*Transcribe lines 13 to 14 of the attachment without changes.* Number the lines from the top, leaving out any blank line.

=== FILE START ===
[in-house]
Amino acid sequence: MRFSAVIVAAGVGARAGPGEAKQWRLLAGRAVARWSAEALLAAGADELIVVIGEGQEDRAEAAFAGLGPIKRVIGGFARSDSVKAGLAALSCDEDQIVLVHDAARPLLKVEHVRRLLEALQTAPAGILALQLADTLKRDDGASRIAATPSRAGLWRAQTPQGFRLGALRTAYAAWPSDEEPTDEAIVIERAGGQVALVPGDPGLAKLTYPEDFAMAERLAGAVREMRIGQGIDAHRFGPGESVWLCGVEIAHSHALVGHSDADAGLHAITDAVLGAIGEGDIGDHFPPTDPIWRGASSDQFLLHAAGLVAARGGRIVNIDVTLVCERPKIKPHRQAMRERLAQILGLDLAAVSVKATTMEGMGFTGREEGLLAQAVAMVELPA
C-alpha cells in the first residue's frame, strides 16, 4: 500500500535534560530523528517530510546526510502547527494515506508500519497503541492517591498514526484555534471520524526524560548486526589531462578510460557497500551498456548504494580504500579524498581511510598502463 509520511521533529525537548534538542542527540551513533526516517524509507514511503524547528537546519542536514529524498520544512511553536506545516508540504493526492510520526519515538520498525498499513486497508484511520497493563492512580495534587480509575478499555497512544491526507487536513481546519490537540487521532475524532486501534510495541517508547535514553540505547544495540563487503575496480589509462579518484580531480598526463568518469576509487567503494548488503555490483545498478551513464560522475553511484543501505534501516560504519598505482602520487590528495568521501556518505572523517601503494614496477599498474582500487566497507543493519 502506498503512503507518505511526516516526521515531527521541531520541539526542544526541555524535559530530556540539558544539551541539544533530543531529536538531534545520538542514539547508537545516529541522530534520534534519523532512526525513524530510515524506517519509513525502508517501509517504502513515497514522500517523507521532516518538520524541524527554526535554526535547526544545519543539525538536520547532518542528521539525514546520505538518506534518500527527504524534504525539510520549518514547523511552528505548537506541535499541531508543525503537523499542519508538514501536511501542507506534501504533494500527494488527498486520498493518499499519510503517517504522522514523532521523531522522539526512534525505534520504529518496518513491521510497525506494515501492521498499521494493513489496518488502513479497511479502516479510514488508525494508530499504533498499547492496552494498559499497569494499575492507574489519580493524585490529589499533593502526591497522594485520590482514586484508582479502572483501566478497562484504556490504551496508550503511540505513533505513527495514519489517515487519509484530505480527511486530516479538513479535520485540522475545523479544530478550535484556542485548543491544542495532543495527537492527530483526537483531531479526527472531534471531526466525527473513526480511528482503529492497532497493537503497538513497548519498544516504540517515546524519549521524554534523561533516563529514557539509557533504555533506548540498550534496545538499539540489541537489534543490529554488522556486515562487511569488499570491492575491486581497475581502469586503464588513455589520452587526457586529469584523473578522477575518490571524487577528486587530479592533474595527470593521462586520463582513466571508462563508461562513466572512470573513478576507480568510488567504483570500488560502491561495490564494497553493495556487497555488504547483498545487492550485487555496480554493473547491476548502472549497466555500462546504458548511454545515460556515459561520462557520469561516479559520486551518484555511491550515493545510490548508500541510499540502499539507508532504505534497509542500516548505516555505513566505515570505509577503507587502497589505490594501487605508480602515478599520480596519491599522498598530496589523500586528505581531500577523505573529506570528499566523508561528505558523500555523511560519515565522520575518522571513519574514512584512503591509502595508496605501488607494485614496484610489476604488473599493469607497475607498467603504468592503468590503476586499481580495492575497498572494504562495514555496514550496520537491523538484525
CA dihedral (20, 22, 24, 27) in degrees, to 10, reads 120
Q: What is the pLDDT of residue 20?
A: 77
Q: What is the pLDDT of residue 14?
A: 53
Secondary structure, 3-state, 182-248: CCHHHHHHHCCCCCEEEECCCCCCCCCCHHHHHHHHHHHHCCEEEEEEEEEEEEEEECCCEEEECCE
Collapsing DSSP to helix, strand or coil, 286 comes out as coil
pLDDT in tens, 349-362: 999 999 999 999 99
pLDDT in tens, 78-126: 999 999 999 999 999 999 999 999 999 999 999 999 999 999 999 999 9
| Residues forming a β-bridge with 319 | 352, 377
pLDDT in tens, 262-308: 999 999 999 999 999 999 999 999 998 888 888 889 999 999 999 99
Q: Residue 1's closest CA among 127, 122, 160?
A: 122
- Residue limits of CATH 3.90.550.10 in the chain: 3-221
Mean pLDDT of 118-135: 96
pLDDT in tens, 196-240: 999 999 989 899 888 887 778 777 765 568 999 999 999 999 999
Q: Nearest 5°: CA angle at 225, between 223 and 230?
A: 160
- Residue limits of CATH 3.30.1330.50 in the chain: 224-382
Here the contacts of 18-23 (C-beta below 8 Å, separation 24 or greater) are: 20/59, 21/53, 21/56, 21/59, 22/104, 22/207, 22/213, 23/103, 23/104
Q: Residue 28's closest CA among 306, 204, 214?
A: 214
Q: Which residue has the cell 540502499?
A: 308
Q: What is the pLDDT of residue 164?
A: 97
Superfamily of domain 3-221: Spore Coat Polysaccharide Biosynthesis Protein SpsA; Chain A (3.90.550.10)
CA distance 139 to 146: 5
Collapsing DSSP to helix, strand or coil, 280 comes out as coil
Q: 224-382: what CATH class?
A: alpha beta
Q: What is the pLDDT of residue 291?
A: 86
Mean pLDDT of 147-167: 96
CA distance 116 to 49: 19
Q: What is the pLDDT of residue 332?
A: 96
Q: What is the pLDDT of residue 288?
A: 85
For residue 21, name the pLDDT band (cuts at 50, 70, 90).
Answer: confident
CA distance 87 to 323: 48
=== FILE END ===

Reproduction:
| Residues forming a β-bridge with 319 | 352, 377
pLDDT in tens, 262-308: 999 999 999 999 999 999 999 999 998 888 888 889 999 999 999 99